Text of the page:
For piperine, a synergistic interaction with rifampicin was observed for a rifampicin/piperine combination at a ratio of 9:1 against P. aeruginosa, while antagonistic or additive interactions were observed for the other combinations tested. Piperine was previously tested for its immunomodulatory activity in enhancing the efficacy of rifampicin in a murine model of M. tuberculosis infection, thereby acting in synergy with rifampicin to improve its therapeutic efficacy [32]. However, the synergistic efficacy recorded in our study for a rifampicin/piperine combination showed that the efficacy could be influenced by the ratio of the combination, i.e, the synergistic, additive, or antagonistic interactions were greatly dependent on the ratio between rifampicin and piperine.

3.3. Antifungal Synergistic Effects of Piperine and Piperlongumine against C. albicans

When preliminary agar diffusion assays were performed singly on the piperamides and itraconazole against C. albicans, the inhibition zone diameters of piperine, piperlongumine, and itraconazole were 16.5 mm, 18.2 mm, and 15.2 mm, respectively (Table 1). The results of the FIC index evaluations of the various combinations showed additive or antagonistic interactions (Table 3). No synergistic effects were recorded in our study against C. albicans. C. albicans is an opportunistic pathogen that is responsible for most yeast infections in humans [33]. These results demonstrate that piperine and piperlongumine cannot improve the effectiveness of itraconazole, and thus herbal formulations made from these bioactive compounds should be avoided while undergoing treatments for yeast infections.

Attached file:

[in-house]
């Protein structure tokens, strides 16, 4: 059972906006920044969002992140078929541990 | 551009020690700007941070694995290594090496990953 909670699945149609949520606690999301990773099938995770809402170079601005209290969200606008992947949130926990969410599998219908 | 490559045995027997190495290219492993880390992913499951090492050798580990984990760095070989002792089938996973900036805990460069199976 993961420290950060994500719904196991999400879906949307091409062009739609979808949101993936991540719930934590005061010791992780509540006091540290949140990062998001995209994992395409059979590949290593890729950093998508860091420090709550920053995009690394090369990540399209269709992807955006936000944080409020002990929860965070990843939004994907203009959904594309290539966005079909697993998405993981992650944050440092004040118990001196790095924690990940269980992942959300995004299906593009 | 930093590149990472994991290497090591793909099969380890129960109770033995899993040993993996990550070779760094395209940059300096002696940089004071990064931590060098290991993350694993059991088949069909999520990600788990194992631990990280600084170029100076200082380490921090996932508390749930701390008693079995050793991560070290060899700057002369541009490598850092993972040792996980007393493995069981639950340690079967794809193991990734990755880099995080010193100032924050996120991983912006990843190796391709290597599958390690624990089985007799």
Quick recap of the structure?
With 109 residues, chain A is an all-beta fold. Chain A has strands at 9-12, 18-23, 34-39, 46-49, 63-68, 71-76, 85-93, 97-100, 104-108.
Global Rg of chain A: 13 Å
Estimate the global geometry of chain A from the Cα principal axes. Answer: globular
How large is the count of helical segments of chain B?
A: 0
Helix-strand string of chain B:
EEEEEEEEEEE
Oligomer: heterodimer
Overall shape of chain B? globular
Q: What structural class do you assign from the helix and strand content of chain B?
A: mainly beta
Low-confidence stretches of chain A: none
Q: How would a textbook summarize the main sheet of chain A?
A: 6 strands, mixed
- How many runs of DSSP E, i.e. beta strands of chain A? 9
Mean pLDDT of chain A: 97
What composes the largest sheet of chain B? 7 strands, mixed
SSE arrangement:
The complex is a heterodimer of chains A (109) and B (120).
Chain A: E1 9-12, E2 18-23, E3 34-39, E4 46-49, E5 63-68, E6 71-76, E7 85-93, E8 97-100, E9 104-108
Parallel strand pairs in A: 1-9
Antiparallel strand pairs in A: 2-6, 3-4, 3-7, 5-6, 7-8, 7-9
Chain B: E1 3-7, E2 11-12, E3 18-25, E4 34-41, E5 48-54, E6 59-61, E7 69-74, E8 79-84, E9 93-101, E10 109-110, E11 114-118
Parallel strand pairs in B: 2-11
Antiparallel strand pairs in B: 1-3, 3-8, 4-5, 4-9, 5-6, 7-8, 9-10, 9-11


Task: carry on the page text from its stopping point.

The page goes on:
4. Materials and Methods

4.1. Sources of Antibiotics and Commercial Compounds

Analytical-grade commercial piperlongumine (≥ 97.0% purity) and piperine (≥ 97.0% purity) were purchased from TCI Europe N.V. (Zwijndrecht, Belgium). Tetracycline hydrochloride (Sigma-Aldrich, St. Louis MO, USA), rifampicin (Sigma-Aldrich), and itraconazole (Sigma-Aldrich) were the antibiotics used in the investigation. The selection of tetracycline, rifampicin, and itraconazole was based on their activity against bacterial and fungal strains in a previous study [34]. S. aureus American Type Culture Collection ATCC 25923, P. aeruginosa ATCC 27853, and C. albicans ATCC 10231 cultures used in this investigation were obtained from the Division of Pharmaceutical Biosciences, Faculty of Pharmacy, University of Helsinki, Finland. The bacterial strains were selected because they are significant human pathogens capable of causing life-threatening nosocomial infections [35,36], while C. albicans, on the other hand, causes fungal diseases in humans [37].

4.2. Preparation of Piperine, Piperlongumine, and Antimicrobials

Each of the commercial piperamides (piperine and piperlongumine) was prepared to a final concentration of 5 mg/mL (stock solution) in 70% ethanol and tested in the initial screening. An initial stock solution of 5 mg/mL was prepared for each of the antibiotics (tetracycline, rifampicin, and itraconazole). Piperine and piperlongumine were also prepared in combination with tetracycline, rifampicin, or itraconazole at various ratios according to the method of Van Vuuren et al. [10]. The combinations/dilutions were prepared at nine different ratios of 1:9, 2:8, 3:7, 4:6, 5:5, 6:4, 7:3, 8:2, 9:1 as follows: rifampicin/piperlongumine, rifampicin/piperine, tetracycline/piperlongumine, tetracycline/piperine, itraconazole/piperine, and itraconazole/piperlongumine.